Gravity measurement

There are two principles for gravity measurement - absolute or relative measurement.

Two types of gravimeters

Gravity (= g) is measured with a gravimeter. There are two completely different types of gravimeters:

  • Gravimeters for absolute gravity measurement, which are available in very limited numbers; six in the Nordic countries.
  • Gravimeters for relative gravity measurement, of which there are about ten in Sweden.

Absolute gravimeter. The image on the left shows an absolute gravimeter, of the type FG5, which is used to perform absolute gravity measurements with the highest possible accuracy. Since 2006, Lantmäteriet is the owner of one and it is used partly to calculate land uplift, partly to provide good fundamental points for gravity networks and systems.

Absolute gravity measurement

Absolute gravity measurement means direct determination of gravity on a certain point.It generally involves measuring the acceleration of a free-falling prism in vacuum. This is a complicated procedure and advanced instruments are required. Thus, this type of gravity measurement is performed in a limited number of places in the world.In Sweden we currently have more than ten stations for absolute gravity measurement. The picture on the left shows the measurement of absolute gravity in Mårtsbo, where Sweden's first fundamental point for gravity is located.

Relative gravity measurement

From, for example, Mårtsbo, it is possible with the simpler method, relative gravity determination, to determine g at other points. You then use a completely different type of gravimeter where you use, for example, a coil spring to measure differences in gravity between different points.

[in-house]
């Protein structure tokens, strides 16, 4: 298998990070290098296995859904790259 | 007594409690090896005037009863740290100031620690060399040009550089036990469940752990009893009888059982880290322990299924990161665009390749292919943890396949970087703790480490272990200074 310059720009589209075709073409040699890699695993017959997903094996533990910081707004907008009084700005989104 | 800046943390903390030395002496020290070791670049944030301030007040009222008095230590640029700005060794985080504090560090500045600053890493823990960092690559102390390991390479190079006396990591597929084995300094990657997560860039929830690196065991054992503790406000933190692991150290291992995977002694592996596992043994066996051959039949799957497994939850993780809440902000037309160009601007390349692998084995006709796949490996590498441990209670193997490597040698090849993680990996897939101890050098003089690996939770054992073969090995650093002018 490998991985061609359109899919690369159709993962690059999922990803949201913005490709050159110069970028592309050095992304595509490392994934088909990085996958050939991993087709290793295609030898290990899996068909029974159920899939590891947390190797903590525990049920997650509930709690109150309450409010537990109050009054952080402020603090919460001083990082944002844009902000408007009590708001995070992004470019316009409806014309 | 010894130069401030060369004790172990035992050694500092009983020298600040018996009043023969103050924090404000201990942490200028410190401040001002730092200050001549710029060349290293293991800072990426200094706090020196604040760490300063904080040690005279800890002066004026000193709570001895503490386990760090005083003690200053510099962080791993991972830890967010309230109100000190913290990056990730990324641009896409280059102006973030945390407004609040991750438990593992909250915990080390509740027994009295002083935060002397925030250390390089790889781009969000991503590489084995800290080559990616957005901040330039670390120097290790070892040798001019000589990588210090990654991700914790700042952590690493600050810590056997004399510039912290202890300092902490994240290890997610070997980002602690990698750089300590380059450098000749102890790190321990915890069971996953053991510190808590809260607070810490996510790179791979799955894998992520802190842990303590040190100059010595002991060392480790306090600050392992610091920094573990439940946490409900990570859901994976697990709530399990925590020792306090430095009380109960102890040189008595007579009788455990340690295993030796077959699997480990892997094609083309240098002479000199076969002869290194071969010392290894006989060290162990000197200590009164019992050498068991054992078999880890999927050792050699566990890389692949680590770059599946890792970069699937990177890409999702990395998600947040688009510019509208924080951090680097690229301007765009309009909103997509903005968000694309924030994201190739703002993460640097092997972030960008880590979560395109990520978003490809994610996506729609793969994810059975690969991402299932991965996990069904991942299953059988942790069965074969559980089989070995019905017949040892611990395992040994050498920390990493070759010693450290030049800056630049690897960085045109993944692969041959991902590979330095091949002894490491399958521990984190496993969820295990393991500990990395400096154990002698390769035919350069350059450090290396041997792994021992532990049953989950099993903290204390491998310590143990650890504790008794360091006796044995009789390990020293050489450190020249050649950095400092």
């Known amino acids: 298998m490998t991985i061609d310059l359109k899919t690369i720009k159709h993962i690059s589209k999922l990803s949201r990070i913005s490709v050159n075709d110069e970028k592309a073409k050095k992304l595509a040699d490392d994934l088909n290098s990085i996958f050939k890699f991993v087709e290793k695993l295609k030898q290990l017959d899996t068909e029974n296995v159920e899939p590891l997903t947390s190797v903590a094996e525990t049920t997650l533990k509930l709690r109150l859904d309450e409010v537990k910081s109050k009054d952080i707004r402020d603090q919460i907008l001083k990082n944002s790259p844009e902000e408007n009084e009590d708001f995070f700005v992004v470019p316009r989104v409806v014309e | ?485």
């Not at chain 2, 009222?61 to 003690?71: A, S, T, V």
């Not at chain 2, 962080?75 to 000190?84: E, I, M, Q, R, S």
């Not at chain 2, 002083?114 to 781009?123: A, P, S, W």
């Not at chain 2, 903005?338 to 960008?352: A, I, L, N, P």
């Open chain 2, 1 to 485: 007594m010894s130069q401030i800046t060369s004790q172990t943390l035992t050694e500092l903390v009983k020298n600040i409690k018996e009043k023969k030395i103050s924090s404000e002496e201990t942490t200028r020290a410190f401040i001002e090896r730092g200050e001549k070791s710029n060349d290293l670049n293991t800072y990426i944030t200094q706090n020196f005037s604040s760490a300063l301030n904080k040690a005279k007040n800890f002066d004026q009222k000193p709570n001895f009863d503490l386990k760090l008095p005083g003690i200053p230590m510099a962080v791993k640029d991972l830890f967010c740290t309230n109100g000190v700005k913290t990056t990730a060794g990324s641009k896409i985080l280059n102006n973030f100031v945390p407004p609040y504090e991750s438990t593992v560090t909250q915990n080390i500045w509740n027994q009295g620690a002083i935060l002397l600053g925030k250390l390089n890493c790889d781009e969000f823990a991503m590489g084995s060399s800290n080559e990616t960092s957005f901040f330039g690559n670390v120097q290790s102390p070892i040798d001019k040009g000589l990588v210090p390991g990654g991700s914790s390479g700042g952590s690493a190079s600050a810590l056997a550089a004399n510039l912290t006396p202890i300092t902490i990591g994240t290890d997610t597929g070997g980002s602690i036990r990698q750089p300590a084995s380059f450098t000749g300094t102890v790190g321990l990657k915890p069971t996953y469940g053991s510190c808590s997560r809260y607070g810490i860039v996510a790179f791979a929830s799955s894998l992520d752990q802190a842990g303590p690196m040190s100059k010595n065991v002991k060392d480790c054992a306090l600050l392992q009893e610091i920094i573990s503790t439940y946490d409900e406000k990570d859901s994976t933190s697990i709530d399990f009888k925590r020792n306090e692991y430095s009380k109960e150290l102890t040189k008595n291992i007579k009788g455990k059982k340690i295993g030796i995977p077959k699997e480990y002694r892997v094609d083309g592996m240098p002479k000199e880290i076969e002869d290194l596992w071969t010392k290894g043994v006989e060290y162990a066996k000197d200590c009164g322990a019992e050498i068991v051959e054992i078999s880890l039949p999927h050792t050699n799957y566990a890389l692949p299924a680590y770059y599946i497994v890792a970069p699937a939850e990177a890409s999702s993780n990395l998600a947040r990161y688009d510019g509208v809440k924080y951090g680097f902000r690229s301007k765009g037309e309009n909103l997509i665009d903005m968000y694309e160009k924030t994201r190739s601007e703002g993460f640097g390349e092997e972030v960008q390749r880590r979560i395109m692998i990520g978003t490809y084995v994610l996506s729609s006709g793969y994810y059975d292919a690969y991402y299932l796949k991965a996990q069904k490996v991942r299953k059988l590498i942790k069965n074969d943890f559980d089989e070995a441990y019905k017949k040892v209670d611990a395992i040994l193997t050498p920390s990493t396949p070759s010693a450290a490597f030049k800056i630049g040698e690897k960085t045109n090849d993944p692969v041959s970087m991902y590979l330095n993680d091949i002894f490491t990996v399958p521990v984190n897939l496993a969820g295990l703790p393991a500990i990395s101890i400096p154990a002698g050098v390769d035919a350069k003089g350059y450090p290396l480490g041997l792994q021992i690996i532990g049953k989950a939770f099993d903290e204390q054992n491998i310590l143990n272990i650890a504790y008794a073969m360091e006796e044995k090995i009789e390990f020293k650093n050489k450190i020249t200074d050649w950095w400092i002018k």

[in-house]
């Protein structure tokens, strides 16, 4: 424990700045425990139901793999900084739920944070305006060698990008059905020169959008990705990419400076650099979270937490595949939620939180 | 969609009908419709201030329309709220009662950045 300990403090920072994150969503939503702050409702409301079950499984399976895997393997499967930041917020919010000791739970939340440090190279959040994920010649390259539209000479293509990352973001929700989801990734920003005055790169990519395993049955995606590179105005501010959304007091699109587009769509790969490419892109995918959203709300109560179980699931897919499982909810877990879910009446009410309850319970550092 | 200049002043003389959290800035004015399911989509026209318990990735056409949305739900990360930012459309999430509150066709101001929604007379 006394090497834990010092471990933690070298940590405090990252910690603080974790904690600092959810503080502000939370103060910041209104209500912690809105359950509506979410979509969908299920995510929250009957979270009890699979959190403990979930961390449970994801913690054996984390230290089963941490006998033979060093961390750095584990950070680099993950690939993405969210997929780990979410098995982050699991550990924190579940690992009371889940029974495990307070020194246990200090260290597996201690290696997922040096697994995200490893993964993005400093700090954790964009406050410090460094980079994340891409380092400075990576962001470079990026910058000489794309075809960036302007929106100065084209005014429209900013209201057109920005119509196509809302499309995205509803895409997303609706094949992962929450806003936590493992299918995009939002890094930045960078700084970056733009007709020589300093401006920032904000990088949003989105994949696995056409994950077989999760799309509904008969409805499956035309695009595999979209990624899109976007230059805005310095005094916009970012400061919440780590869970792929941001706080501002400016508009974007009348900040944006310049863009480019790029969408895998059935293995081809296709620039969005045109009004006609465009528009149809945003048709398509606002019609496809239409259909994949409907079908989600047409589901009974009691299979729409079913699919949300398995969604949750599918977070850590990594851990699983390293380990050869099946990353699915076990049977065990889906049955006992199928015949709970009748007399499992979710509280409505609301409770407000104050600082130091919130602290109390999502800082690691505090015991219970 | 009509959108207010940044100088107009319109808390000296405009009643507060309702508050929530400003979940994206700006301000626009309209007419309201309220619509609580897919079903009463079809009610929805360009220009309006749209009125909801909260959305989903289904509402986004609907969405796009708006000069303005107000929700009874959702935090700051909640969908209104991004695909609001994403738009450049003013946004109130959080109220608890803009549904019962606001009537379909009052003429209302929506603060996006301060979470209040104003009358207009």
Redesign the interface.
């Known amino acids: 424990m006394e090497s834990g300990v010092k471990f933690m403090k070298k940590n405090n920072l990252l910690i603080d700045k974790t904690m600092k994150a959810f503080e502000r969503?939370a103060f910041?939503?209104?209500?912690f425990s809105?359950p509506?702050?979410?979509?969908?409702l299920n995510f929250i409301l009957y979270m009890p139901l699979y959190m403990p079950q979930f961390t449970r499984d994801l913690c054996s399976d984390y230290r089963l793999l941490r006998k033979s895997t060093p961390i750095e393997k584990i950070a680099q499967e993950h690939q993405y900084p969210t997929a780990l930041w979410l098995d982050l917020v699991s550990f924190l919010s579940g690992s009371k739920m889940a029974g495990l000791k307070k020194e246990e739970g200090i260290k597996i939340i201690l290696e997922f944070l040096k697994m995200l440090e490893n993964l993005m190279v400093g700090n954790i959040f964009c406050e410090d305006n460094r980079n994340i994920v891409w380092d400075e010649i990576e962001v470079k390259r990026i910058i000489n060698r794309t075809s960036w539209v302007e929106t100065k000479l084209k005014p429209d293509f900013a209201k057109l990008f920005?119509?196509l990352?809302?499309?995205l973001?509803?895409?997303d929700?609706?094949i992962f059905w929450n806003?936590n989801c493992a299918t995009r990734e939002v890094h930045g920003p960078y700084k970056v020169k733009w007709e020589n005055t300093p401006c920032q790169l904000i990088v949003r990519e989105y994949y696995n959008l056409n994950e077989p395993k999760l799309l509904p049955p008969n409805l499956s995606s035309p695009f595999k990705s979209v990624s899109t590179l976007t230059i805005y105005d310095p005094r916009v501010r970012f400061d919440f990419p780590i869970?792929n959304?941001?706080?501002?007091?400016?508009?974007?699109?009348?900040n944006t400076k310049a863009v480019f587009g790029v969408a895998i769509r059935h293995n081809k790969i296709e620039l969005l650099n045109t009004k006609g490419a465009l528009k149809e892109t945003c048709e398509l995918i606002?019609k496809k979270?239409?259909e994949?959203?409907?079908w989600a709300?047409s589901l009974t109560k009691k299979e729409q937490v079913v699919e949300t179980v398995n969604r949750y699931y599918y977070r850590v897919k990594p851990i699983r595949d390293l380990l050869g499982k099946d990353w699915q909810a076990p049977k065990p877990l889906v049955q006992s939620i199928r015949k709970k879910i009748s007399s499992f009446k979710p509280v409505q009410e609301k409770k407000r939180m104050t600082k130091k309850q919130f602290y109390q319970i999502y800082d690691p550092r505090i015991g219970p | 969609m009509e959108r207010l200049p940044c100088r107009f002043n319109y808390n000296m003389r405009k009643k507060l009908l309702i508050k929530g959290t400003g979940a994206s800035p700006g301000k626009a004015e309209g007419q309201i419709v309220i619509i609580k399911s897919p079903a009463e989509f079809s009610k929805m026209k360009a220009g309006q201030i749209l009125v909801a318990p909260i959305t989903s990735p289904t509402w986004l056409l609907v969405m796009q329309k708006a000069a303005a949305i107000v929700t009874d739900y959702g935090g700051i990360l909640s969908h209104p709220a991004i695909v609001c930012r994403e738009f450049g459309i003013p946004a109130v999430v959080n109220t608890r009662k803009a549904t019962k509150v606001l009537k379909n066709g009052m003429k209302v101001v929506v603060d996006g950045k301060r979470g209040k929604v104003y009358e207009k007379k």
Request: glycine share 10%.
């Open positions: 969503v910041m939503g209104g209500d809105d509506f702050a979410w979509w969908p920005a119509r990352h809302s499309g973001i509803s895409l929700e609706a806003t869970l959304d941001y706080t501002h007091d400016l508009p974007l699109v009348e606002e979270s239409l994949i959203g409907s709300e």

Relative gravimeter. When measuring with a relative gravimeter you do not directly get a value for the gravity  acceleration, g. However, you get the difference between the gravity acceleration for the places you measure. If you start on a point with known g-value, you can thus calculate the g-value of all the following points you measure. Currently, there are two dominant brands for relative gravimeters, namely LaCoste & Romberg and Scintrex. The former is shown in the image to the right.

Absolute gravimeters, unlike relative gravimeters, are very large and ungainly, but like the relative gravimeter need a continuous supply of power and are also extremely sensitive to harsh treatment.

Sketch showing how a relative gravimeter works.
The principle of relative gravity measurement.

The principle of relative measurement

As gravity increases, the mass is pulled downwards, whereby the arm tilts and the light beam ends up obliquely in the eyepiece. By screwing on the steering wheel, you tighten the spring, so that the mass is pulled upwards and the light beam again hits the center of the eyepiece. Then you can finally read on the steering wheel how many parts of the shell it has been rotated. On later instruments the operation is much easier and you also get help with the leveling by the display showing how to turn the three instrument feet. But even if you get a lot of help from the instrument, it is still important to be really careful in what you do.

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